This post can be act as a sequel to one of my previous blogs titled: Photograph Your Friends. For the reasons I expressed previously, photographing your friends can create more candid, beautiful and intimate moments compared to a random pretty face you discover through Instagram. I'll admit, I have asked some random people to pose for me through Instagram messages, but the number is on one hand. Some of those few people I've met through Instagram, I've actually retained friendship with them, so now those images we create are even better. If you do follow me on Instagram, you may be aware of my blunt and sometimes brash personality. I don't undermine my personality as much as others might, due to the confidence and pessimistic traits I embody that hold truth, rather than fiction.
That leads me to my next post topic.
The term 'model' can be found on Instagram when you dive into the photography community, especially as a portrait photographer. Recently, I went on a small tirade, yet appropriate for the situation via Instagram, when I asked a girl to pose for me recently. She replied back stating that she would love to, but needs to be compensated $50 for gas coverage's. She then declared that she will take the reigns of the shoot, even though I'm not paying her and my services are free. This is a perfect example of being taken advantage of. Along with many other dilemmas with us portrait photographers looking to create art, while the 'model' gets free exposure and services, it's easy for 'models' to take advantage of us photographers.
To break it down, 'model' is a term used so loosely that it creates an egocentric personality trait with those who claim the title. Of course, we all know that a proper professional model is someone who is signed to an agency by contract, paid commissions for work and usually go through an in-house photographer for photo ops. As well as those bullet points, professionally signed models only receive a small portion of images taken, if not, any.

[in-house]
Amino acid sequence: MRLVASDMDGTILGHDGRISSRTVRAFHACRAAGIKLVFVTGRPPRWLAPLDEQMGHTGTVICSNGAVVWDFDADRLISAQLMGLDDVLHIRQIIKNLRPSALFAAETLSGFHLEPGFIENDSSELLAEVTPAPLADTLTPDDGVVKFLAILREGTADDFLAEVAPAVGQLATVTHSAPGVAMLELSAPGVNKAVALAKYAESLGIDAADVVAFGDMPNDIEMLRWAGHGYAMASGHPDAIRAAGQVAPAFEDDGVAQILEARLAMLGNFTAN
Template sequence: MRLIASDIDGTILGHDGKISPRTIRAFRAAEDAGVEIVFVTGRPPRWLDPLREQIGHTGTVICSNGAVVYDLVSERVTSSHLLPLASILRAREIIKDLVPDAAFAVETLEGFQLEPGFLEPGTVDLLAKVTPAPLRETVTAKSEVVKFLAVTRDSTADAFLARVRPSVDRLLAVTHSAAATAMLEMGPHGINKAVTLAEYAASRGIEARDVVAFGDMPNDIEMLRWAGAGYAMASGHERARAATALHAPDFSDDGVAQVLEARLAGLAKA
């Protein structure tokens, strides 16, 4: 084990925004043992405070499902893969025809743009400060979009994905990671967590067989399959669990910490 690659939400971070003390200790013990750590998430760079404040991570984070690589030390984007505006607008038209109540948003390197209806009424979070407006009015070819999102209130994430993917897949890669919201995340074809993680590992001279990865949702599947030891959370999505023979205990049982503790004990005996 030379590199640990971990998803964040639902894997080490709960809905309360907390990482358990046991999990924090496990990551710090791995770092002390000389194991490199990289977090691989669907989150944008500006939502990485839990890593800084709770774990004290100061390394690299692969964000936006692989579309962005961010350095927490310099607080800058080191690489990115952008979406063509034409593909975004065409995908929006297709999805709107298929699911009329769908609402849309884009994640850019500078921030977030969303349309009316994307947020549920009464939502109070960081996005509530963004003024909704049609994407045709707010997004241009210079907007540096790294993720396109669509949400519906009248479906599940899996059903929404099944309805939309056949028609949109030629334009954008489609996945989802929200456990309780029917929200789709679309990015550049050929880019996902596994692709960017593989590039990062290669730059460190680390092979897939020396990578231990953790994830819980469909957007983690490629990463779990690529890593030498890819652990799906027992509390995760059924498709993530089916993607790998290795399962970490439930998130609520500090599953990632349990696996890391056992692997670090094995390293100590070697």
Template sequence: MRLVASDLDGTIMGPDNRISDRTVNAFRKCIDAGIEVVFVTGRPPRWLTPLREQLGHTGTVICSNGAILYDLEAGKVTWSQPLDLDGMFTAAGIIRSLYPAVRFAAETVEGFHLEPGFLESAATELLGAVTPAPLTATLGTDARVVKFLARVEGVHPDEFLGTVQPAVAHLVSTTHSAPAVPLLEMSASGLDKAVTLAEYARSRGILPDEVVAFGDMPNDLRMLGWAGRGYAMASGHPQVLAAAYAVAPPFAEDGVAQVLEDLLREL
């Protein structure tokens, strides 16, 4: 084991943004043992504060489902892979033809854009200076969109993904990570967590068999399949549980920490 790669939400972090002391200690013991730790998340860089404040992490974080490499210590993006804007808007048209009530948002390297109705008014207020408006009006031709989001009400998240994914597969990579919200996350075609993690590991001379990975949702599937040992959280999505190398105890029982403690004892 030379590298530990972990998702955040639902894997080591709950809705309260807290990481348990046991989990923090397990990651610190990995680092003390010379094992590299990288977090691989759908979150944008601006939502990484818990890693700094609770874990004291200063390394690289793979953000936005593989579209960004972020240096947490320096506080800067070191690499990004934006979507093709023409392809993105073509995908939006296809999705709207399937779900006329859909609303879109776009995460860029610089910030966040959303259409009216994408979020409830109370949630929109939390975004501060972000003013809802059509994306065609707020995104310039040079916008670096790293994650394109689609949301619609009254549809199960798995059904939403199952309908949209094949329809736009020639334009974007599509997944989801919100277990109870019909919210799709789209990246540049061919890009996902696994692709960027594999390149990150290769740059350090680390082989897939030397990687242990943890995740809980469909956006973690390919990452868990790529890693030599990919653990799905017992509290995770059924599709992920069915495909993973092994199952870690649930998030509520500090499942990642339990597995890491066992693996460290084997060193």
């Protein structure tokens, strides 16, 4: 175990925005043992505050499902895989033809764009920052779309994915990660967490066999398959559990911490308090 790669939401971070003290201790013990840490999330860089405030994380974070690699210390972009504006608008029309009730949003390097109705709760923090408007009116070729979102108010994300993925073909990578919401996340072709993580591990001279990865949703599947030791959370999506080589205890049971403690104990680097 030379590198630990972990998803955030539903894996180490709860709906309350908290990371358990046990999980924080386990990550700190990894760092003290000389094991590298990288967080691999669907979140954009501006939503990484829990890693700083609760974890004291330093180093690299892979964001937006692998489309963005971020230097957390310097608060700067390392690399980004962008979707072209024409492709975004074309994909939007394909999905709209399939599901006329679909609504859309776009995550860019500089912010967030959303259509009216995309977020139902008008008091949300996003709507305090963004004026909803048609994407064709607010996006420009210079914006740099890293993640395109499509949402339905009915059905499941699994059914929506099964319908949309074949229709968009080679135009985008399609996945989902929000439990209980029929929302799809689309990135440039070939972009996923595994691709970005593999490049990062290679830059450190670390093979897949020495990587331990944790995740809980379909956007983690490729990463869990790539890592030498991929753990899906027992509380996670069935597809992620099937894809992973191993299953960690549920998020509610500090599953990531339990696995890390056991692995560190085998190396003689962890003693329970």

Being taken advantage by those who you ask to create with, aka, collaborate with, isn't fair to us as photographers. When a photographer asks you to collaborate, it's either a 'yes' or 'no' response, with knowing from past experiences on what to expect, how to credit, etc.
The proper way to credit a photographer on Instagram, a website or other platforms of media/social media, it consists of:
Photo: Future Suspect.
Credits are important to us as artists as it gains us exposure and fans. Much like us tagging our models, it's only appropriate to reciprocate back with a proper credit and tag. When inconsistencies like these occur, it causes friction between the photography and 'modeling' communities. As I stated earlier, photographing your friends is easier as time changes and other non-punctual possibilities don't rattle us as much, because communication between friends is greater and deeper than a random person. Once you feel as if you're being taken advantage of, either charge for your formerly free services, which will most likely lead to that relationship being diminished or cut off, or void thementirely and focus on people/friends that credit you, respect your time and know how to create a long-working and professional relationship.
Also, one last tip: unless you're being compesnated, stay away from fashion blogs - they use you the most.